Under fire: NSW Prime Minister Gladys Berejiklian made some questionable comments during her daily press conference on Thursday
Gladys Berejiklian has been accused of lying when she claimed Sydney has the strictest Covid restrictions Australia has ever seen – given Melbourne’s nightly curfew and mandatory outdoor masks and South Australia’s tough recent restrictions.
The NSW Prime Minister announced on Thursday that 239 cases of Covid-19 had been recorded overnight, a pandemic record for Greater Sydney.
That included 70 cases that were contagious in the community from 110,962 tests — another milestone, and one that has led to further restrictions in the west and southwest of the city.
But the beleaguered Prime Minister was quickly called out on social media when she claimed at her daily press conference that NSW had the strictest rules of any Australian jurisdiction to date.
The comment came after Sky News journalist Andrew Clennell demanded Ms Berejiklian admit that her strategy had failed to stop the spread of the Delta variant, dooming the city to at least four more weeks of lockdown, but possibly more. .
Clennell asked, “Will you admit… the strategy is failing and this death of 1,000 cuts, a little bit of restrictions every day doesn’t work and you have to act hard?”
Ms Berejiklian replied that Sydney’s mobility data showed that the population adhered to the restrictions, claiming: ‘Well, we have stricter restrictions than any other state has ever had.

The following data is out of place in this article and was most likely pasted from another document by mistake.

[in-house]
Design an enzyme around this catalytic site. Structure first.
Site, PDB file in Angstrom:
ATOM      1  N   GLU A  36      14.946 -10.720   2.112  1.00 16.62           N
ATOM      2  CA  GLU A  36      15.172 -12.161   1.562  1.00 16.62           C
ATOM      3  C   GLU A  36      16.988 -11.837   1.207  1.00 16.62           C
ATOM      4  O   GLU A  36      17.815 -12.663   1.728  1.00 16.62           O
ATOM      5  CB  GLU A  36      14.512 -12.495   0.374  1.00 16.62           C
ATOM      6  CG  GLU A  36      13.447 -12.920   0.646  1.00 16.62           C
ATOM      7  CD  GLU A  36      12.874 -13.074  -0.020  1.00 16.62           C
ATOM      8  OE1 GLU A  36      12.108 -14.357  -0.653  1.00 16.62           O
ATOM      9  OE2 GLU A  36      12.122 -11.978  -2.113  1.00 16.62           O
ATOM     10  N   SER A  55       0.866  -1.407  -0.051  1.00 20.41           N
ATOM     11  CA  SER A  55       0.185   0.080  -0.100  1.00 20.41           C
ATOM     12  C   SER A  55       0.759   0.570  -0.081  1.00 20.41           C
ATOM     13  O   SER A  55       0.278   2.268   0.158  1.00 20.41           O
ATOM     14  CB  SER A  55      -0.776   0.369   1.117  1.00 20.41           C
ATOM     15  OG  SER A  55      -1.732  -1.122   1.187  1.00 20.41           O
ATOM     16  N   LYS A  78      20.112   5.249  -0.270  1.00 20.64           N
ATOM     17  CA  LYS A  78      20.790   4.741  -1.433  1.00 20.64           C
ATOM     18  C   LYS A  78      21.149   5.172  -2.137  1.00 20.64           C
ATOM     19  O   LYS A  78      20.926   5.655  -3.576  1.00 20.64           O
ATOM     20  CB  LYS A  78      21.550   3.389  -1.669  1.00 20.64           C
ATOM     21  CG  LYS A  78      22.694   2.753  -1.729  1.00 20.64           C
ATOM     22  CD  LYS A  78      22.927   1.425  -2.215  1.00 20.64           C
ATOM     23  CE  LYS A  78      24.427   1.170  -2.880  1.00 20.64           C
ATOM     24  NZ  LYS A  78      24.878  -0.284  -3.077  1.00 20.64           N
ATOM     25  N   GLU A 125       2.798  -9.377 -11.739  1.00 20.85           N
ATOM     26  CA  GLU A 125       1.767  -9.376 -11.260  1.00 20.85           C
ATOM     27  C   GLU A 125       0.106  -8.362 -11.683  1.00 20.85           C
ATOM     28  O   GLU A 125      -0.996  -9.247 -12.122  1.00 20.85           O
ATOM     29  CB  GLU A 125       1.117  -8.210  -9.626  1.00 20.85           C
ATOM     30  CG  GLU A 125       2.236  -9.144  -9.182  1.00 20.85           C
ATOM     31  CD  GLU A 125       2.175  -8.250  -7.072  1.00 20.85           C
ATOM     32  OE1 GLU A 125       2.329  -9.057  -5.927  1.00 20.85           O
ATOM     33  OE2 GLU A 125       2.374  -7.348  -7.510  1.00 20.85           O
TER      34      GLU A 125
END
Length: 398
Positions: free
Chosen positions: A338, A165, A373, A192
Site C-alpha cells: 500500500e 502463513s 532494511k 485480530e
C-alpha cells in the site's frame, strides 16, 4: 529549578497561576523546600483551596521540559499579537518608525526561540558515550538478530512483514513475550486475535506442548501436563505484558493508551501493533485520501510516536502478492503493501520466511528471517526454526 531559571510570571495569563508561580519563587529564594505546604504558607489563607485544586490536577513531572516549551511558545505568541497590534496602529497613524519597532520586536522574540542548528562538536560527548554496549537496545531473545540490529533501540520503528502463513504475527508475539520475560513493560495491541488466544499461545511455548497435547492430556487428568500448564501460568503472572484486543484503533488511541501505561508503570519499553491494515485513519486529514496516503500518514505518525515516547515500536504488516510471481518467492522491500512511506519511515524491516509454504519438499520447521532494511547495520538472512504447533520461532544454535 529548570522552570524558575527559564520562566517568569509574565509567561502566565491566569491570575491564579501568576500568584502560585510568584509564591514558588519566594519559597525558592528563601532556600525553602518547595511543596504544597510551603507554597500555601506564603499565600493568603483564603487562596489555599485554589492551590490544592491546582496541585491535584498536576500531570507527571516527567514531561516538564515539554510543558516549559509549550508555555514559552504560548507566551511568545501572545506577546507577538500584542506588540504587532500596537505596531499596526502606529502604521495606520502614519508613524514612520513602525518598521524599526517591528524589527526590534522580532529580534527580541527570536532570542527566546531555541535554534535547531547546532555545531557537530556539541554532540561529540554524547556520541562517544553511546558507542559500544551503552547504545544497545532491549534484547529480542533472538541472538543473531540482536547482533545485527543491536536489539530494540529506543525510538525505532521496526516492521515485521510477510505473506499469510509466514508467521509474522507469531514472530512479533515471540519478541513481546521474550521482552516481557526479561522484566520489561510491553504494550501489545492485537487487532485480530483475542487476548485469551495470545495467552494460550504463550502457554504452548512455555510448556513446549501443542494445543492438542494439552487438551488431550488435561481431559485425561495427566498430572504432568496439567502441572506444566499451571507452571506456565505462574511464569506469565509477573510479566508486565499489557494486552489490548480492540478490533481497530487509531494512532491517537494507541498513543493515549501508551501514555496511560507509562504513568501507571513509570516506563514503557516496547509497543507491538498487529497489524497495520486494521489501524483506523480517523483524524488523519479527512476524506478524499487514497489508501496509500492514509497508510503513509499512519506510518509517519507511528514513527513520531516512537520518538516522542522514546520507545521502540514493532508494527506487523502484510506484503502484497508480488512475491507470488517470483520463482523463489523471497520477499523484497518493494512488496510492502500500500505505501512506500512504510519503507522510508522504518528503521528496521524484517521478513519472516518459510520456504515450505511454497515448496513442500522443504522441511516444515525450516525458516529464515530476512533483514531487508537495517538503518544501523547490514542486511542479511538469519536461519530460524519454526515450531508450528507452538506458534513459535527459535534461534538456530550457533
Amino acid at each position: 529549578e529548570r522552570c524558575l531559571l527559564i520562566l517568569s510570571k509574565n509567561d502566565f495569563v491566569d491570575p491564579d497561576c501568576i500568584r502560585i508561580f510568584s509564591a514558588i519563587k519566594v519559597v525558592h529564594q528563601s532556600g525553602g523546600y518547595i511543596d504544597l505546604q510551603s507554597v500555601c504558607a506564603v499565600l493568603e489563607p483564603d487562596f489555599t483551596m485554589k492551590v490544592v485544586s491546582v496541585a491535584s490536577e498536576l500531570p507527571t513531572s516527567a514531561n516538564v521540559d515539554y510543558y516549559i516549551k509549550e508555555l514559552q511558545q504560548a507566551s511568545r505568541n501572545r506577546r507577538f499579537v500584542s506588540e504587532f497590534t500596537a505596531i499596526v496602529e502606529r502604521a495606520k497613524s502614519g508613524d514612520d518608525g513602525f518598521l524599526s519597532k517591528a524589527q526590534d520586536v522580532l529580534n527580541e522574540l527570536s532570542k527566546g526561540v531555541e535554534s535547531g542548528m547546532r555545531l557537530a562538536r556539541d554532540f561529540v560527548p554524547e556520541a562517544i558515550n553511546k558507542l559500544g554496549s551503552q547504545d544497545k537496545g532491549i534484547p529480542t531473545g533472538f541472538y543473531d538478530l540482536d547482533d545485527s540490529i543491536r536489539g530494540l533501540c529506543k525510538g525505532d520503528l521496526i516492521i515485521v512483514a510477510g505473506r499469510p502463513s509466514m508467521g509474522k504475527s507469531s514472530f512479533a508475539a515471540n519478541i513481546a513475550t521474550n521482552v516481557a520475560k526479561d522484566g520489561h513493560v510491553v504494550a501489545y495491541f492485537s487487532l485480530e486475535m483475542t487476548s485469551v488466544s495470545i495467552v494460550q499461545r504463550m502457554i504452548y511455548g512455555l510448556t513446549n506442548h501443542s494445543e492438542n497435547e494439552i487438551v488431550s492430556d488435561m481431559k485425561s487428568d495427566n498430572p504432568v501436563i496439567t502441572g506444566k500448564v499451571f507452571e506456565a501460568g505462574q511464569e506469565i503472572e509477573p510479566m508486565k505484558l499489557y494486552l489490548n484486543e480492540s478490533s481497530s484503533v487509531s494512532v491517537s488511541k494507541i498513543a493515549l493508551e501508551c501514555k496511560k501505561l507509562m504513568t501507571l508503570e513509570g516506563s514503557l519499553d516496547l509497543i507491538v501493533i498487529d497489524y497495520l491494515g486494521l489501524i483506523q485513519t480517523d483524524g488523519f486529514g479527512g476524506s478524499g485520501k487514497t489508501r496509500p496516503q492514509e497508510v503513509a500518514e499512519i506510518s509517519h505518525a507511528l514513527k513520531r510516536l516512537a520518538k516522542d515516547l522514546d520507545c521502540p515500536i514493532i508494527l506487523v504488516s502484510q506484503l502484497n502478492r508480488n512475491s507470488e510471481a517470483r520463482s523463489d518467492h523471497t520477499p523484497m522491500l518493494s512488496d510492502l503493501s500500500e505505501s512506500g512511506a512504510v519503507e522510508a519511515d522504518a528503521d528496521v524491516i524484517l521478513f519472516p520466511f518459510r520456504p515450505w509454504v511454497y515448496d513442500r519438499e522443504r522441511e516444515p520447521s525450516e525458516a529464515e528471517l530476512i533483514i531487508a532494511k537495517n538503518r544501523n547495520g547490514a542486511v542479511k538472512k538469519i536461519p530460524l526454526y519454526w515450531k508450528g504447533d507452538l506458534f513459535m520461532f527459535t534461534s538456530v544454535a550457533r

MELBOURNE: During Australia’s longest lockdown of 2020, residents had to wear masks outside (upstairs, near St Kilda) – and the police were never far away
ADELAIDE: The South Australia lockdown earlier this month introduced the toughest restrictions ever, including a 2.5km limit. Testing queues above in the ‘church town’
Veteran journalist Janine Perrett tweeted: “Will the NSW Premier stop saying these are the toughest measures Australia has ever seen as it is patently untrue.”
Punter Dianne Kaines burst out: “I’m glowing with rage. What an outright LIE.’
During the second wave of last year, all Melbourne residents were required by law to wear masks outdoors. They were not allowed to travel more than 3 miles from home and had to be home at night due to a curfew.
Meanwhile, Prime Minister Daniel Andrews established a ‘ring of steel’ around the city to prevent the spread of the virus to the regions and other states.
Similarly, residents of South Australia were briefly subjected to even tougher restrictions — including a grueling 2.5km exercise limit — during that state’s brief lockdown earlier this month.
The NSW government has long opposed similar measures, although Ms Berejiklian announced today that she will mandate outdoor masks in eight local government areas of concern.
That applies to the Canterbury-Bankstown, Fairfield, Liverpool, Blacktown, Cumberland, Parramatta, Campbelltown and Georges River.
The Prime Minister also suggested that the state’s NSW vaccination rate was or could be “higher” than other states – a comment that was also poorly received online.
“As we are going through a very difficult time in NSW, let’s think about a time when we may be living more freely than any other state as our vaccination coverage is higher,” said Ms Berejiklian.
But NSW is currently trailing Victoria in the vaccination race, according to recent data from the Federal Health Department.
Nearly 1.4 million NSW residents have been vaccinated, compared to 1.57 Victorians.
One Twitter user commented: ‘Let’s imagine how we get out of this crisis? No wonder things are so bad with this kind of leadership (sic)’.
A second added: “This woman’s hubris is infuriating.”
A woman in sportswear runs along the beach in Bronte in Sydney’s eastern suburbs on Wednesday. Greater Sydney has been under strict home isolation for nearly five weeks to stop the spread of the highly contagious Delta Covid-19 strain